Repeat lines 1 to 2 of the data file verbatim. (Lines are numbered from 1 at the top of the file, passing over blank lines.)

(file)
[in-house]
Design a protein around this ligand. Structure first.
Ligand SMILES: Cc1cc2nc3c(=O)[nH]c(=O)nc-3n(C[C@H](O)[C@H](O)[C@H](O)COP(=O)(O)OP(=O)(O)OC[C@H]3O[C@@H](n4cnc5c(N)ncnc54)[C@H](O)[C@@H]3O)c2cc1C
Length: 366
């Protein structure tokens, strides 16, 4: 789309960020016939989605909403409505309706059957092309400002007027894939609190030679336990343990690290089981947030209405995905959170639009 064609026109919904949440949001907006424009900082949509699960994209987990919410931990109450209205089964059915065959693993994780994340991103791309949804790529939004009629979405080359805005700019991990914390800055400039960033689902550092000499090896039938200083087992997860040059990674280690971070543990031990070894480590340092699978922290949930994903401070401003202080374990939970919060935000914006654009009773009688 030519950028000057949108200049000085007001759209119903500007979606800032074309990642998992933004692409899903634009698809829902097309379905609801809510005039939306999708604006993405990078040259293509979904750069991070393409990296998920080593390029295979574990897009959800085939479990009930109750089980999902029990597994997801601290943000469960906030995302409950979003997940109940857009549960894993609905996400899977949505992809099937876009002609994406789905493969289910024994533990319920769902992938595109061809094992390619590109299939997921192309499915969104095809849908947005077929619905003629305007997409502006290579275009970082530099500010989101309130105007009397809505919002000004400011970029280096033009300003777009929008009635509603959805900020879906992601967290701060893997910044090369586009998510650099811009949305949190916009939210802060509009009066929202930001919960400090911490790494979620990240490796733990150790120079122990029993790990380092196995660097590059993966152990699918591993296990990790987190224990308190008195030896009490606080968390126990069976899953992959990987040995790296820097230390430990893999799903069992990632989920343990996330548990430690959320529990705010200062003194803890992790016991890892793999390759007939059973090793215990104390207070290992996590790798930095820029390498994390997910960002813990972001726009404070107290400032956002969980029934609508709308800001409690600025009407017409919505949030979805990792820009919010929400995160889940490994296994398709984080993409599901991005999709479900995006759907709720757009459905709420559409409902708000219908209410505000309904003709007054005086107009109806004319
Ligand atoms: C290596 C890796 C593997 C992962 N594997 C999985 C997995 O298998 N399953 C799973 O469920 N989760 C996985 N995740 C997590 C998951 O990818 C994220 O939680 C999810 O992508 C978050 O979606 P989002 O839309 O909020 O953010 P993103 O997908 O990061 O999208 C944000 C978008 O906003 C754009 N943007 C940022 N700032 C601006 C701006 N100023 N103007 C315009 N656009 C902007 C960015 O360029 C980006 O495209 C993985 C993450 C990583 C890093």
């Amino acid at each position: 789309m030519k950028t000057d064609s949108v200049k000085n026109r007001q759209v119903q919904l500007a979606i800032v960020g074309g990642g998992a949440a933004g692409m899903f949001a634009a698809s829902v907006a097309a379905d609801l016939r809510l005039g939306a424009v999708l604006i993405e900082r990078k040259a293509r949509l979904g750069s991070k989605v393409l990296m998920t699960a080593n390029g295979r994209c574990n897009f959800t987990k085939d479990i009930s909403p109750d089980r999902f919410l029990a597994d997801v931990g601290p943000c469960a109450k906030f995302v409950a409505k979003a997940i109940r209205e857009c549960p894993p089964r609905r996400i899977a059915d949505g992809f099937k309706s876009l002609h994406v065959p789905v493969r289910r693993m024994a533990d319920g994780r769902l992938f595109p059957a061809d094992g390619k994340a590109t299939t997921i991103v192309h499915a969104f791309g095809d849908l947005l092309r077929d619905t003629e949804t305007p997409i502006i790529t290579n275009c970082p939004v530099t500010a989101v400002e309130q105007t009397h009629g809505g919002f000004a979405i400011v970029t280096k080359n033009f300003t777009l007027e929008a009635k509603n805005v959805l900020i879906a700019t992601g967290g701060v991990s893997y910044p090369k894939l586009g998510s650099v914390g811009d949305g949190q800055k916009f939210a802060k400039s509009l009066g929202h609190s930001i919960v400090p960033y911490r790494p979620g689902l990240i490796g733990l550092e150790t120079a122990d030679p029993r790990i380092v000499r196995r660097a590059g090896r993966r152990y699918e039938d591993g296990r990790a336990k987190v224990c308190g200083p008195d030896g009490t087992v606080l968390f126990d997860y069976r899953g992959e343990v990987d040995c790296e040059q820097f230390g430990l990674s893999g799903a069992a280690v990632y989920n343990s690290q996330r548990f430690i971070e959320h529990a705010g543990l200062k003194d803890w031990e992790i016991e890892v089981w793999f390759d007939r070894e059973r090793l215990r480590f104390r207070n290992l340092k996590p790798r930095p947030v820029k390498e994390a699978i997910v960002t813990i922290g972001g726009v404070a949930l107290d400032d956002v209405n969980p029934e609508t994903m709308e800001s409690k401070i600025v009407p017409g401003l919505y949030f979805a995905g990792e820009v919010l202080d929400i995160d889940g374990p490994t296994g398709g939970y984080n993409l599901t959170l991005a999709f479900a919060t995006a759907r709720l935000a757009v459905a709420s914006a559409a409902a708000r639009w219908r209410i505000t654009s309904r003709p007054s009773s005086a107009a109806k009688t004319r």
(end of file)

[in-house]
Design a protein around this ligand. Structure first.